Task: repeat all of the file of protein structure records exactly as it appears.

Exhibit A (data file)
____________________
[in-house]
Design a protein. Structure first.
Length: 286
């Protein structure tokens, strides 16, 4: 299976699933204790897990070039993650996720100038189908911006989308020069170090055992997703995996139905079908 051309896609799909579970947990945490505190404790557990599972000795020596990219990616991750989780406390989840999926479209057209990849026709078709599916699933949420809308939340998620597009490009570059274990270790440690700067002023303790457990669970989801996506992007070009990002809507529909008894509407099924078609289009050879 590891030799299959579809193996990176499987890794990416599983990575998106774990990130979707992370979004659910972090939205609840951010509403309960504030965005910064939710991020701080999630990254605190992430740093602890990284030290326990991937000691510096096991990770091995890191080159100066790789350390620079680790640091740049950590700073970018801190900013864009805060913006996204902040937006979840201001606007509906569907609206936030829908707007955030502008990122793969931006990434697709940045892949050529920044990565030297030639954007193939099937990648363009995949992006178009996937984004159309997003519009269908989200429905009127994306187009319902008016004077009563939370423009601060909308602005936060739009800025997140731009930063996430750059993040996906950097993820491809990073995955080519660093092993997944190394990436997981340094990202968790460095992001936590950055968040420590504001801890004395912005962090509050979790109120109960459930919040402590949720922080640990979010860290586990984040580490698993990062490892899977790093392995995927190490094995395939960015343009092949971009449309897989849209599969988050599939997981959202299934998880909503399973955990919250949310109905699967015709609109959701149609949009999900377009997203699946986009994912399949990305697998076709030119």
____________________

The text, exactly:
[in-house]
Design a protein. Structure first.
Length: 286
């Protein structure tokens, strides 16, 4: 299976699933204790897990070039993650996720100038189908911006989308020069170090055992997703995996139905079908 051309896609799909579970947990945490505190404790557990599972000795020596990219990616991750989780406390989840999926479209057209990849026709078709599916699933949420809308939340998620597009490009570059274990270790440690700067002023303790457990669970989801996506992007070009990002809507529909008894509407099924078609289009050879 590891030799299959579809193996990176499987890794990416599983990575998106774990990130979707992370979004659910972090939205609840951010509403309960504030965005910064939710991020701080999630990254605190992430740093602890990284030290326990991937000691510096096991990770091995890191080159100066790789350390620079680790640091740049950590700073970018801190900013864009805060913006996204902040937006979840201001606007509906569907609206936030829908707007955030502008990122793969931006990434697709940045892949050529920044990565030297030639954007193939099937990648363009995949992006178009996937984004159309997003519009269908989200429905009127994306187009319902008016004077009563939370423009601060909308602005936060739009800025997140731009930063996430750059993040996906950097993820491809990073995955080519660093092993997944190394990436997981340094990202968790460095992001936590950055968040420590504001801890004395912005962090509050979790109120109960459930919040402590949720922080640990979010860290586990984040580490698993990062490892899977790093392995995927190490094995395939960015343009092949971009449309897989849209599969988050599939997981959202299934998880909503399973955990919250949310109905699967015709609109959701149609949009999900377009997203699946986009994912399949990305697998076709030119």